As a family activity, we sometimes lure daughter Eilene out of her room—away from playing her online games—to watch a show together. She introduced us to The Great British Baking Show. While she like the competition of the regular show, we prefer the more educational GBBS: Masterclass (sic)—where you learn more about how to make the actual recipes.
Category Archives: bread
I love stuffed breads, whether you call them a samsa, a pasty, a samosa, or a bierock—the major difference between all of these pockets is the type of bread used to wrap the savory filling. A bierock is not now, nor has it ever been haute cuisine, it is essentially a workingman’s lunch. When you are working, traveling, or having some kind of festival event, you do not always have time to sit down for meal. Having a meal in a neat, sealed bread package that you can slip into a pocket or pouch is a solution that many cultures have discovered.
We were looking through some old photos, one of which was baby Eilene holding half a naan that was bigger than her head. Eilene asked, why I have not made them in years. She then asked for shashlik and naan for Sunday’s dinner. Five years ago, I posted a recipe for Uyghar naan. Since that time, I have learned some new techniques in bread making and I decided to use them in making this Central Asian bread.
Note: While most of my posts tend to have short discussions, every once in a while I will tackle a topic that requires an extended discussion. Other blogs may tell you what steps you should take to create a dish, but they sometimes gloss over why you should do things that way. The recipes I have found for pizza crusts were frequently like that. It has taken me two weeks of research and struggle to untangle pizza gluten.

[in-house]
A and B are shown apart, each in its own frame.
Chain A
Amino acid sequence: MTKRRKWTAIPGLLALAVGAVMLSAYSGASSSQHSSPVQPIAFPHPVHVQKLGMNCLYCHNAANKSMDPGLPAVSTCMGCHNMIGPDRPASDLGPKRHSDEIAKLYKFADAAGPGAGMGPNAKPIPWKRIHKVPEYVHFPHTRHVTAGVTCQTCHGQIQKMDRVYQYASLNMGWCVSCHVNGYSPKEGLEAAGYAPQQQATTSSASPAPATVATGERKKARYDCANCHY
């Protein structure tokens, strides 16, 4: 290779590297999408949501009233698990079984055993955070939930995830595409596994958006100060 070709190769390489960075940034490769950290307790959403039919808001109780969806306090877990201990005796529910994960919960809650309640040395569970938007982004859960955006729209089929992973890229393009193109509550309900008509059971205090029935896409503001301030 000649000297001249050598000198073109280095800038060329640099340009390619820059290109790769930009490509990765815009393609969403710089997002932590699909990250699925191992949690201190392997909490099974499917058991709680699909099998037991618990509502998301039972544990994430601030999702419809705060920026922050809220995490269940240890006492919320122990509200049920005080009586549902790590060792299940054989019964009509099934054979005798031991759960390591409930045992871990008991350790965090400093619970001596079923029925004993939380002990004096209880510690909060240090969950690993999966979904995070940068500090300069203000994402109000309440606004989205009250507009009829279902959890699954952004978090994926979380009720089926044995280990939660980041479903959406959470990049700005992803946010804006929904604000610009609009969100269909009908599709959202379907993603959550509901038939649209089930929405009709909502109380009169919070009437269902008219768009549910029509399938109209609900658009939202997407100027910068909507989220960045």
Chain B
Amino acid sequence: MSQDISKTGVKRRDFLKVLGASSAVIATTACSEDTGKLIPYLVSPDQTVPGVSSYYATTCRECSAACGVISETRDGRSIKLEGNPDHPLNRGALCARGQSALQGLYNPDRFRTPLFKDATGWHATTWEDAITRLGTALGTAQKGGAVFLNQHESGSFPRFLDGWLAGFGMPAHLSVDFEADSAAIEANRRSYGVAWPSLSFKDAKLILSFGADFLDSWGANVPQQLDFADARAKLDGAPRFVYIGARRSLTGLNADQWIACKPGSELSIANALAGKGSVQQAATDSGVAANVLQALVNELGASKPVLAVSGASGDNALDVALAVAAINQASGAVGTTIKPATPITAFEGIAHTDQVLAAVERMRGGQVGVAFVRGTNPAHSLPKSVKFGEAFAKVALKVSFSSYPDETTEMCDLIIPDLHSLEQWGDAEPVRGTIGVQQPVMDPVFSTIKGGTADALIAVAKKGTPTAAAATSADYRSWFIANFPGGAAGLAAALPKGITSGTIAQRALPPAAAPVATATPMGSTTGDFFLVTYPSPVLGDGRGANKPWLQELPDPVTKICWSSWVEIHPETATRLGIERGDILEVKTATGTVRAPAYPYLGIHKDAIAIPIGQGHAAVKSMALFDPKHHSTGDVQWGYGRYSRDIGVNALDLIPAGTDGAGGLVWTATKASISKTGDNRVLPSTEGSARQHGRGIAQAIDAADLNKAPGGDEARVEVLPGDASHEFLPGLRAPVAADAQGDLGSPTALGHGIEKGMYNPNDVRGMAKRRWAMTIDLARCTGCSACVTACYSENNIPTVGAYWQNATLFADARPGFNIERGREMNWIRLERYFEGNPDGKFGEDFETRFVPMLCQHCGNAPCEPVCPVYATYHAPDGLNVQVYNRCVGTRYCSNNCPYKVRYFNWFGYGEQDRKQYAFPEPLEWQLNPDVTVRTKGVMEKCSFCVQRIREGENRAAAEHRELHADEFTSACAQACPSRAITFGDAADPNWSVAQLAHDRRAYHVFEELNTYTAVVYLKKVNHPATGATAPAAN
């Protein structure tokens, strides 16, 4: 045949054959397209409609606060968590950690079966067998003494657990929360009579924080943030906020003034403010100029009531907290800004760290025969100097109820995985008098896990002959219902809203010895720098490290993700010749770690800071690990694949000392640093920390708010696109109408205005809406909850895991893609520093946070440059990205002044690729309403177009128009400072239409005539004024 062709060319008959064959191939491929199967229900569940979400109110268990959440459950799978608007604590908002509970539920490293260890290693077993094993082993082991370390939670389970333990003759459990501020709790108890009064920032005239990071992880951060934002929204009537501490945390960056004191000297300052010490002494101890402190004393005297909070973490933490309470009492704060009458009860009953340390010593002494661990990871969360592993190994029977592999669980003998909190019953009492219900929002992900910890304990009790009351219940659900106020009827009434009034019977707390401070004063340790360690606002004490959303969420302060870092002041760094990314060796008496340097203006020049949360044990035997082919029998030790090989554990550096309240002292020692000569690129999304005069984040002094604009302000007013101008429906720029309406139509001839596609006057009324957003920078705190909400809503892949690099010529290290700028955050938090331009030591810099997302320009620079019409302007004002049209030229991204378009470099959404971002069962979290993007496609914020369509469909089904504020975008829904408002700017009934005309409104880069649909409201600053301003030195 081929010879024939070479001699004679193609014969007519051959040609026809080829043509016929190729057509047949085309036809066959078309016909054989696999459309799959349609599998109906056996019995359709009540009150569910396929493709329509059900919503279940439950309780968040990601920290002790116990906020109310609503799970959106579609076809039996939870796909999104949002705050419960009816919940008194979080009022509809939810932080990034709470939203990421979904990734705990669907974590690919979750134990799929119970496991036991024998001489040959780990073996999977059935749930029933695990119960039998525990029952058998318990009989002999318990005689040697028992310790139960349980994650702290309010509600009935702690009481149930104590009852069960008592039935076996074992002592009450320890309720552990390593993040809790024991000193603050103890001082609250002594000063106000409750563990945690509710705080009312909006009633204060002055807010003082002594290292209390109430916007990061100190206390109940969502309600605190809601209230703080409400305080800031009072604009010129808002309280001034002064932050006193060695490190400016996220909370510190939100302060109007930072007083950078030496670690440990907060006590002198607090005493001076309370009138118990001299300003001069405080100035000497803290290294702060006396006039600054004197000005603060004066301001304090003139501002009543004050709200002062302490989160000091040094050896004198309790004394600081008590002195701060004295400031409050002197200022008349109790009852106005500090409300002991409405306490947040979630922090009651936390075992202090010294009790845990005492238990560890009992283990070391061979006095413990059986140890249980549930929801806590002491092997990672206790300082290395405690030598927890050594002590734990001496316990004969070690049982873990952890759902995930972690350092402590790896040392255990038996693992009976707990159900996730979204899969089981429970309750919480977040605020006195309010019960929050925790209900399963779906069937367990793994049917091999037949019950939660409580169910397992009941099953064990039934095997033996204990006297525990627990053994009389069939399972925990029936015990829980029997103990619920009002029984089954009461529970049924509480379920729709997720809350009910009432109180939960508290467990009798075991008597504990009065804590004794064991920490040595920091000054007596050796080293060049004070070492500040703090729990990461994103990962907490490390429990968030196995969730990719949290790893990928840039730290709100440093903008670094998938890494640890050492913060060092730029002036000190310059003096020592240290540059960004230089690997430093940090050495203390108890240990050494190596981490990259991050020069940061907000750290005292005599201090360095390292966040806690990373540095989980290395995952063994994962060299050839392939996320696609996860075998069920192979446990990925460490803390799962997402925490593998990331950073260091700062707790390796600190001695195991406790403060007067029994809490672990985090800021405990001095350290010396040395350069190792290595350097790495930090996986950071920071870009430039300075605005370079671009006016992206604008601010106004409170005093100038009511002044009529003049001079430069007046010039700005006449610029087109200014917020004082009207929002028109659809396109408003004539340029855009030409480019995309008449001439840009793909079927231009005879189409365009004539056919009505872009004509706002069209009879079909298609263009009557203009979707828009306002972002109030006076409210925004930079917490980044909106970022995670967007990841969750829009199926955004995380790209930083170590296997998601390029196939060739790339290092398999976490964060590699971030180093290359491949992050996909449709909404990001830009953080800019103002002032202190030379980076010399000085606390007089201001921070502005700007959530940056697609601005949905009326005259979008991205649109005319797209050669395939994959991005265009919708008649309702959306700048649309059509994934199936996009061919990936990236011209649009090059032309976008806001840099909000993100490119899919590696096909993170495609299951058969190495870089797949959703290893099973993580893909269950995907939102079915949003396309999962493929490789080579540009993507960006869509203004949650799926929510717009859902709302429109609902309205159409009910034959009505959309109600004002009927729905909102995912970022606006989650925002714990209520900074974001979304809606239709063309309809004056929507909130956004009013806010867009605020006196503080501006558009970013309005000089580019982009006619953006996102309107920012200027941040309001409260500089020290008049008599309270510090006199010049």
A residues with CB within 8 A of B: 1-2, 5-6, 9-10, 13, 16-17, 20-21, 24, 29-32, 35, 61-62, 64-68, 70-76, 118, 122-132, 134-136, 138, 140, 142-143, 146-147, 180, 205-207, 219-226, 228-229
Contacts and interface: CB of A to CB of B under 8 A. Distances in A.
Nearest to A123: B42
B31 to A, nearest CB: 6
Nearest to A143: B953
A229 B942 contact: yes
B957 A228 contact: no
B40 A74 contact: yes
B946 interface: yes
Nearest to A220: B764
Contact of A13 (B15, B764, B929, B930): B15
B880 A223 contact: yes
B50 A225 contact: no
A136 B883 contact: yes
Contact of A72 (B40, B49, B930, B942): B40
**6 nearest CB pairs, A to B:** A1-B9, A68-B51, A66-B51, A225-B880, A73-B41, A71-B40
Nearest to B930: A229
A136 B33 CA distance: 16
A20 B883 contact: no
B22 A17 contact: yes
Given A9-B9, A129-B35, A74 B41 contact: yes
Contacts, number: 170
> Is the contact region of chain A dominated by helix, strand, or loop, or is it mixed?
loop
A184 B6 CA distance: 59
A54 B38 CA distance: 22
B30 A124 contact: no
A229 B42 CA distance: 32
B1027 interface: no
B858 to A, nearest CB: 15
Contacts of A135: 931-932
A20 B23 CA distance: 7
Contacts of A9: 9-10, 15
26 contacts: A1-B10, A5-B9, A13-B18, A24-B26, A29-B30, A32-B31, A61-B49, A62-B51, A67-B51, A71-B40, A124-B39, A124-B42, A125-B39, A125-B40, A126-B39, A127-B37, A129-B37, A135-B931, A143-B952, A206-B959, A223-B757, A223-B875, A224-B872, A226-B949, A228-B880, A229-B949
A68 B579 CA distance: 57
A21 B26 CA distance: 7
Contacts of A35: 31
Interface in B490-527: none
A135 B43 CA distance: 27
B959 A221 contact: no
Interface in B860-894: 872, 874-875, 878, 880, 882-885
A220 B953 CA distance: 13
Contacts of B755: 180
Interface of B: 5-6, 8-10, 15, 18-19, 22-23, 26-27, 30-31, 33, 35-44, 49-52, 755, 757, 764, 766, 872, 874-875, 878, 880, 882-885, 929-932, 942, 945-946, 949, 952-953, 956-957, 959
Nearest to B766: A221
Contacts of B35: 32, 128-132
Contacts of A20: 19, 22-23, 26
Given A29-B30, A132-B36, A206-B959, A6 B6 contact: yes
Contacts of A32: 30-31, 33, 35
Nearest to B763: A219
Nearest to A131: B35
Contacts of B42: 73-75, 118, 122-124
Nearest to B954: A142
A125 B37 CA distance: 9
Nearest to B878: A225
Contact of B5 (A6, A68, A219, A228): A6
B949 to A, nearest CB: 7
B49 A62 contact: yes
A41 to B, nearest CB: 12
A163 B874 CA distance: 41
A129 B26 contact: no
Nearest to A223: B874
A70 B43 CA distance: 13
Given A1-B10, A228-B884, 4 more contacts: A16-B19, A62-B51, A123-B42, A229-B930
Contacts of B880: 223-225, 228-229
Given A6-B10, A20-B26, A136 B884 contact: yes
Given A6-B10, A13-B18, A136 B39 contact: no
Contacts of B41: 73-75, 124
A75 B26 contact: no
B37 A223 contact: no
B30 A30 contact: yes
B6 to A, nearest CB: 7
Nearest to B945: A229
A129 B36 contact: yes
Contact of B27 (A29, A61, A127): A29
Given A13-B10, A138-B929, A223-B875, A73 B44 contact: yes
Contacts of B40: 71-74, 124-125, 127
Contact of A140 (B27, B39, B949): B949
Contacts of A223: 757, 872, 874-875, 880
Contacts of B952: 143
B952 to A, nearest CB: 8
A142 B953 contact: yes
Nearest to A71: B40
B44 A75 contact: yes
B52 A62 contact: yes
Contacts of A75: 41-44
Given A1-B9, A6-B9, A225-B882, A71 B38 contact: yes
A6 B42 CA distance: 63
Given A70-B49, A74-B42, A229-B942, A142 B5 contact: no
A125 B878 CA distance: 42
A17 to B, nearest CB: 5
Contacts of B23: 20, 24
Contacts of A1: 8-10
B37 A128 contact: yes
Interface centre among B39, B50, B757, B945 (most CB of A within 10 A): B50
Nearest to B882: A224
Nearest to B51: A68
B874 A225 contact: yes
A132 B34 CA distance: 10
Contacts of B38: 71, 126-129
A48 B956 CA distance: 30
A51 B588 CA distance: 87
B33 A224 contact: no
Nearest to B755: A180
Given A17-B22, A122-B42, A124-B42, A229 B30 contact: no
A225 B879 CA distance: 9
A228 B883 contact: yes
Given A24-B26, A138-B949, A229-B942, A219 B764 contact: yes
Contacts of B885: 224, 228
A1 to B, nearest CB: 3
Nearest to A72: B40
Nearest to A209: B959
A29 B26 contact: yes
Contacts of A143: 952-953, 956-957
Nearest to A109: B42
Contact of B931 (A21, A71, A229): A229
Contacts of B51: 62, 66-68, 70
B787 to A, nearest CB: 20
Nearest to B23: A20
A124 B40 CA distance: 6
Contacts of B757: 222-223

A bierock—German stuffed bread—is not now, nor has it ever been haute cuisine, it is essentially a workingman’s lunch. When you are working, traveling, or having some kind of festival event, you do not always have time to sit down for meal. Having a meal in a neat, sealed package that you can slip into a pocket or pouch is a solution that many cultures have discovered.
Bread is mostly flour mixed with a liquid. However, because of the complex chemistry of the starches and gluten in the flour, small changes in handling techniques and additional ingredients can make a big difference in the texture of the final product. A few weeks ago I posted my updated recipe for light and flaky biscuits. I had been making these biscuits for years, so throwing them together was second nature. However, when I tried to make these biscuits as I had written the recipe they came out tough and dense.
Adapted from a King Arthur Flour recipe
I do not make dinner rolls very often, because several family members are avoiding carbs or white flour breads. Jan’s friends came to Stitches and I was making them a Brazilian seafood stew. Jan’s friends are not avoiding white bread and I decided that pull-apart rolls would go well with dinner.